Most health care in Utopia is carried out by small teams of 2 nurses visiting the surrounding bores up to 70 k distant from the clinic at Urapuntja. They might work from an open shed, or a tiny 3mx3m one room ‘clinic’ with aircon, if there is one. Their most important work is efficient conduct of routine health assessments / blood tests, with a Communicare template on a laptop and scaled-down clinic resources carried in big plastic boxes, including one of basic medications. The aim is to pick up chronic disease early, but teeth, education, living conditions, and most things relevant to health are quickly assessed. They also work like GP’s, diagnosing and treating, but with variable competence, and using the famous Carpa manual; after all it’s not their training. They refer bigger problems quickly, and all evacs are by air – so nurses are quick to phone the DMO in Alice to negotiate a flight. They work in very isolated and often difficult situations; relatives are quick to anger over poor outcomes, even if the patient has been doggedly non-compliant or following the advice of his ‘bush doctor’ ie magic man. They may be dedicated long-termers, or short term often younger ‘agency’ nurses. Both may in part be motivated by higher remote pay rates and allowances, in part by wanting to contribute in an area of great need. The former may have a partner working here too, or may be single or in a distant marriage that survives or necessitates only occasional contact. Their local knowledge is impressive. The short-termers are very variable, from impressive to out of their depth and anxious, without much understanding of ‘cultural safety’ – how to relate well to the locals. One young nurse resigned this week just 2 weeks after arriving.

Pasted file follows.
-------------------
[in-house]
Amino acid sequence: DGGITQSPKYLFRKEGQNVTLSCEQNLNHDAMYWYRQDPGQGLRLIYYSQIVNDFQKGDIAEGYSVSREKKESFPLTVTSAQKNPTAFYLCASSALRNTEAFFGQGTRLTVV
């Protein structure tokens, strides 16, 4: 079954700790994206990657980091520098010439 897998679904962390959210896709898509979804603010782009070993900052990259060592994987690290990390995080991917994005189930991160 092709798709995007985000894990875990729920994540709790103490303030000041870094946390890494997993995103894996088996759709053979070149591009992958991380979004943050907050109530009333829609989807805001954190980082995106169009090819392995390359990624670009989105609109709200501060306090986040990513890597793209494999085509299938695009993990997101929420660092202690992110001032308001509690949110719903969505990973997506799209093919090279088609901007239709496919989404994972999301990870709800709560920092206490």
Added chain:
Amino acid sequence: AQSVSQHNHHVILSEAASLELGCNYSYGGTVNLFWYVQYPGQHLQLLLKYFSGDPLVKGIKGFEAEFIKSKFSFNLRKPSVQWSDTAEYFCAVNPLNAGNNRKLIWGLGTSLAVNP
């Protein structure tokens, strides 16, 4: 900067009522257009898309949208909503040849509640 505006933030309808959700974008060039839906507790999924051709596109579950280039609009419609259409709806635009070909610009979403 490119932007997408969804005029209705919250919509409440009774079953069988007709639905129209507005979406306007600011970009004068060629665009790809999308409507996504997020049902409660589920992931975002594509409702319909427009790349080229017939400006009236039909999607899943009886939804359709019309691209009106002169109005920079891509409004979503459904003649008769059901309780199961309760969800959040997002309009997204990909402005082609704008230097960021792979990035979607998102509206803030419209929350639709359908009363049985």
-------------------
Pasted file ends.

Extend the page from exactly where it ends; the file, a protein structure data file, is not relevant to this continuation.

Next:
Sometimes Utopia has a doctor, whose role in part is to review and sign off these accumulated health checks. Itemized medicare funds follow only after a doctor’s review, and each health centre’s federal grant funding is also tied to the number of health checks submitted to medicare. So there’s lots of essential ‘paperwork’ for the hapless visiting locum. Doctors in these places may also be longer-termers, competent experienced professionals who enjoy remote work; or they may on occasion be incompetent, perhaps working remote where they are less subject to scrutiny by peers. The doctor before me was here for a couple of years, but won’t be back. He alarmed the other health workers by ordering cheap Indian Viagra on line for all the local men, and wasn’t interested in seeing children or women! The nurses felt he was incompetent. A locum doctor has to establish his/her competence quickly. He’s not here for long, and first impressions endure. That should be easy enough, though not necessarily, as in his first week he may be struggling with unfamiliar software, and local rules which nobody mentions, as well as a completely new population group and surrounding geography. The other health workers are generally friendly and supportive, but not always. There can be a ‘you sink or you swim’ mentality, and there’s that subtle nurse v doctor thing in some places; with some individuals not subtle at all, and of course there’s just one doc and several nurses. Perhaps this is heat-induced paranoia, and maybe I’ll be evacced soon in a straight-jacket. It is one of the more challenging locums, and I feel fortunate that it’s not my first. There’s no social life, so weekends are ok as long as you can amuse yourself (writing long boring emails).